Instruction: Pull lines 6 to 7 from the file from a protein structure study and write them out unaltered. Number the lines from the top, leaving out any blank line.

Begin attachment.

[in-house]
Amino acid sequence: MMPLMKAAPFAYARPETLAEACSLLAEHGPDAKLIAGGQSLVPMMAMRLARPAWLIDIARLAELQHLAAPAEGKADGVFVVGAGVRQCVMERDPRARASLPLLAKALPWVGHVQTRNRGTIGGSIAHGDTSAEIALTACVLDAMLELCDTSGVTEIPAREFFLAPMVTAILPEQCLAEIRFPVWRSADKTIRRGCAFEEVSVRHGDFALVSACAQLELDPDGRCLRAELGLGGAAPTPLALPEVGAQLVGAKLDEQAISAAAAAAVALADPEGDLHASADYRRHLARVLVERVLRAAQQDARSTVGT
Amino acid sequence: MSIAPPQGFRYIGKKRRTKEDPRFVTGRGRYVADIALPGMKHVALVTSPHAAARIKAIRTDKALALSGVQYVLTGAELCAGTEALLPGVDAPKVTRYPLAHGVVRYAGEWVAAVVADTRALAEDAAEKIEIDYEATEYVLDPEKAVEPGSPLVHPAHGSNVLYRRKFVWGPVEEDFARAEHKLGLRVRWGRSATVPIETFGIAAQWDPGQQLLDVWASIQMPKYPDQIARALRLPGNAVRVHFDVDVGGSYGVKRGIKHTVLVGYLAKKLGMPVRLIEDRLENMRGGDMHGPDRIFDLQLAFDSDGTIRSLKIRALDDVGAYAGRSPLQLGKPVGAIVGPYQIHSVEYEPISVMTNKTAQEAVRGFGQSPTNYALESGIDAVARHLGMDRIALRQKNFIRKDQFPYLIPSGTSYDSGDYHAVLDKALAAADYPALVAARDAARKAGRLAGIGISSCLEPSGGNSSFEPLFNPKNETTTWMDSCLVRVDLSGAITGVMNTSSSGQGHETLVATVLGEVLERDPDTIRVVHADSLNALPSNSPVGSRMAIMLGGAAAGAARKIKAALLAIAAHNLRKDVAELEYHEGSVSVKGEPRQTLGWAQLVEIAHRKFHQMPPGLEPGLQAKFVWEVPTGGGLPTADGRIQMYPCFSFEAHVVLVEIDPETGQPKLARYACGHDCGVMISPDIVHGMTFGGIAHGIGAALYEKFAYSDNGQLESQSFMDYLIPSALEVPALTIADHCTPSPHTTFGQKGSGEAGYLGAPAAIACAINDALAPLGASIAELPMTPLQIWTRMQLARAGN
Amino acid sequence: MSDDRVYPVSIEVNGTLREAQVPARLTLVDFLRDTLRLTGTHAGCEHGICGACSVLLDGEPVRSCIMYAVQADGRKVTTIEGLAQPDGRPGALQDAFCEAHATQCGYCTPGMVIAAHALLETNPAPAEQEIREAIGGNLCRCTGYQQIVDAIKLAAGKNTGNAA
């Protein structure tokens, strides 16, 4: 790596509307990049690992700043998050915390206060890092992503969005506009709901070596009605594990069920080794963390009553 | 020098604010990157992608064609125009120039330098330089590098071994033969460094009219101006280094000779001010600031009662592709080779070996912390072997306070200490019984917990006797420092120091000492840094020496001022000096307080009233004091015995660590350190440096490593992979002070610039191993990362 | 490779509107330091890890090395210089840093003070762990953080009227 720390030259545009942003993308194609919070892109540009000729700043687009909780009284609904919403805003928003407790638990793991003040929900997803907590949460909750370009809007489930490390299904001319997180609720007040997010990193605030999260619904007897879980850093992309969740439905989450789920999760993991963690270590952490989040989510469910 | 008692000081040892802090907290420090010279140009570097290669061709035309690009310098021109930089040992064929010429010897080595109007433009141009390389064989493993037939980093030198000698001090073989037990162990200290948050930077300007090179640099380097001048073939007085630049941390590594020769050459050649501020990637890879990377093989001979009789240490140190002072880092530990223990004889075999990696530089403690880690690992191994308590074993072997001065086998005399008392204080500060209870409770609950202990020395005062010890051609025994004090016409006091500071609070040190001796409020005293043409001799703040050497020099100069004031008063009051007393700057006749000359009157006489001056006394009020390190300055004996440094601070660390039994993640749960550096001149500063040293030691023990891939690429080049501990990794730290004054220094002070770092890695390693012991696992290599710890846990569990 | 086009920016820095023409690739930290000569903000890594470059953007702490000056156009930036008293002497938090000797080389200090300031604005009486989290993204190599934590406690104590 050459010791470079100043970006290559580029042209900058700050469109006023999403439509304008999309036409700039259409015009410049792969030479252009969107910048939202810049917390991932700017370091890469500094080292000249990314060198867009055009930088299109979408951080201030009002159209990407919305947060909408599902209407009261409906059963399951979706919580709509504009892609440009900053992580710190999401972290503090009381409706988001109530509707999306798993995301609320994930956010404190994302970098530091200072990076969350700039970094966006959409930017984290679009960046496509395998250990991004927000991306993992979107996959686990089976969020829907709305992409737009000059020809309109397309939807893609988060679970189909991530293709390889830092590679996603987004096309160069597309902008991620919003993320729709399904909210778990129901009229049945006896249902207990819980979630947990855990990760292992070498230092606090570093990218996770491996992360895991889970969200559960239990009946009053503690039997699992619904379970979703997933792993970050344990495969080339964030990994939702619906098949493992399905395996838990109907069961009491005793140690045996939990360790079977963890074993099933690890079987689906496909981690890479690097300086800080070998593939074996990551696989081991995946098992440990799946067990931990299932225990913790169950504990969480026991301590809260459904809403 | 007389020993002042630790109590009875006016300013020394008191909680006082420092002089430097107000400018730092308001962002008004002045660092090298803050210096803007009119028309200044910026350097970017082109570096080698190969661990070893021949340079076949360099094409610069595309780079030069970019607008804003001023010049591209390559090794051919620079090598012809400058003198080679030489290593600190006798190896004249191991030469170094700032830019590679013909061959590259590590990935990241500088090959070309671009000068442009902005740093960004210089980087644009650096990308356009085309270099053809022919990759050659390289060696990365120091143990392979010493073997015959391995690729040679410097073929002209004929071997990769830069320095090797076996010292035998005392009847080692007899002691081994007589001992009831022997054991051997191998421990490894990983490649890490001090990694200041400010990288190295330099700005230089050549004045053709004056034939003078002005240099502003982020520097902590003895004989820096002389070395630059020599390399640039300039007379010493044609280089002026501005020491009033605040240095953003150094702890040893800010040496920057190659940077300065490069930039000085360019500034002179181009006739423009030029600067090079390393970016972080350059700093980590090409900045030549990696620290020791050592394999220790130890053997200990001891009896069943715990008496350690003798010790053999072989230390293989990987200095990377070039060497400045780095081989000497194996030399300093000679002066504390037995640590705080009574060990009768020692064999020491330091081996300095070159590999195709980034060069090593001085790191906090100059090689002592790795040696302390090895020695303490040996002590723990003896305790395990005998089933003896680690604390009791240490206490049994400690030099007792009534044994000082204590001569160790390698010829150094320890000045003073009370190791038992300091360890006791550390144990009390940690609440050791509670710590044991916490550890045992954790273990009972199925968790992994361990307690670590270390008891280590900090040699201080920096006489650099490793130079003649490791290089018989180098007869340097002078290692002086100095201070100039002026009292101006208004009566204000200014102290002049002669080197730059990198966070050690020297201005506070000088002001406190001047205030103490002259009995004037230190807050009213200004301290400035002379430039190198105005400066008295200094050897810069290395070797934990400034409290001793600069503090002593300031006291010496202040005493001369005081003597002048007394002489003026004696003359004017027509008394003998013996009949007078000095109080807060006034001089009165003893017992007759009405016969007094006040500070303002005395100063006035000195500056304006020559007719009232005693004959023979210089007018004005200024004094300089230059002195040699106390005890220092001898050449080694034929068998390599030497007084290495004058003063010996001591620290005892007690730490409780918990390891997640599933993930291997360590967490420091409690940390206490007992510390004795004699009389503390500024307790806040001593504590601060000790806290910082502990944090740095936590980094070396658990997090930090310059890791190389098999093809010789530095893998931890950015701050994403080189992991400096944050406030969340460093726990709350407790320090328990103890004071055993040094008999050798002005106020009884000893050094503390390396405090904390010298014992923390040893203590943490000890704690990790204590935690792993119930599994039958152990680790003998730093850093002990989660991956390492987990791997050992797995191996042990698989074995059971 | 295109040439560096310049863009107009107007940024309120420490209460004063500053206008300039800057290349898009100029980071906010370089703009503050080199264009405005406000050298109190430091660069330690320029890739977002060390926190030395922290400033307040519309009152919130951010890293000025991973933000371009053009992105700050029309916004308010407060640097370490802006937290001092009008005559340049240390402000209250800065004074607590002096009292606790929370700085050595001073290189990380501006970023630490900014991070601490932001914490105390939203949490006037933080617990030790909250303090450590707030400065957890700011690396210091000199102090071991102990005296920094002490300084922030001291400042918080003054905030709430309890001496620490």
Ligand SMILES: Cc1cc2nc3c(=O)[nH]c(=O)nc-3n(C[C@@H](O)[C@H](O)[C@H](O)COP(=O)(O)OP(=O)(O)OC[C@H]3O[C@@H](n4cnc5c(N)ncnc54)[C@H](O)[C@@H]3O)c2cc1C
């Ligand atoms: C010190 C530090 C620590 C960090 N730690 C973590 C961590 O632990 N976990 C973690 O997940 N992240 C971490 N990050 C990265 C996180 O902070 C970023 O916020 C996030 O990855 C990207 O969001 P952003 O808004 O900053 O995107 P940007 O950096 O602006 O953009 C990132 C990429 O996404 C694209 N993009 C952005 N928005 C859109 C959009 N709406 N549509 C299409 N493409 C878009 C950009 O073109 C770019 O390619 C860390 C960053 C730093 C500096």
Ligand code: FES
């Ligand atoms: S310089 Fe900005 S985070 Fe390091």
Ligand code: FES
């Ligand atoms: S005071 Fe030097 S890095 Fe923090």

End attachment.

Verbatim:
Ligand SMILES: Cc1cc2nc3c(=O)[nH]c(=O)nc-3n(C[C@@H](O)[C@H](O)[C@H](O)COP(=O)(O)OP(=O)(O)OC[C@H]3O[C@@H](n4cnc5c(N)ncnc54)[C@H](O)[C@@H]3O)c2cc1C
């Ligand atoms: C010190 C530090 C620590 C960090 N730690 C973590 C961590 O632990 N976990 C973690 O997940 N992240 C971490 N990050 C990265 C996180 O902070 C970023 O916020 C996030 O990855 C990207 O969001 P952003 O808004 O900053 O995107 P940007 O950096 O602006 O953009 C990132 C990429 O996404 C694209 N993009 C952005 N928005 C859109 C959009 N709406 N549509 C299409 N493409 C878009 C950009 O073109 C770019 O390619 C860390 C960053 C730093 C500096």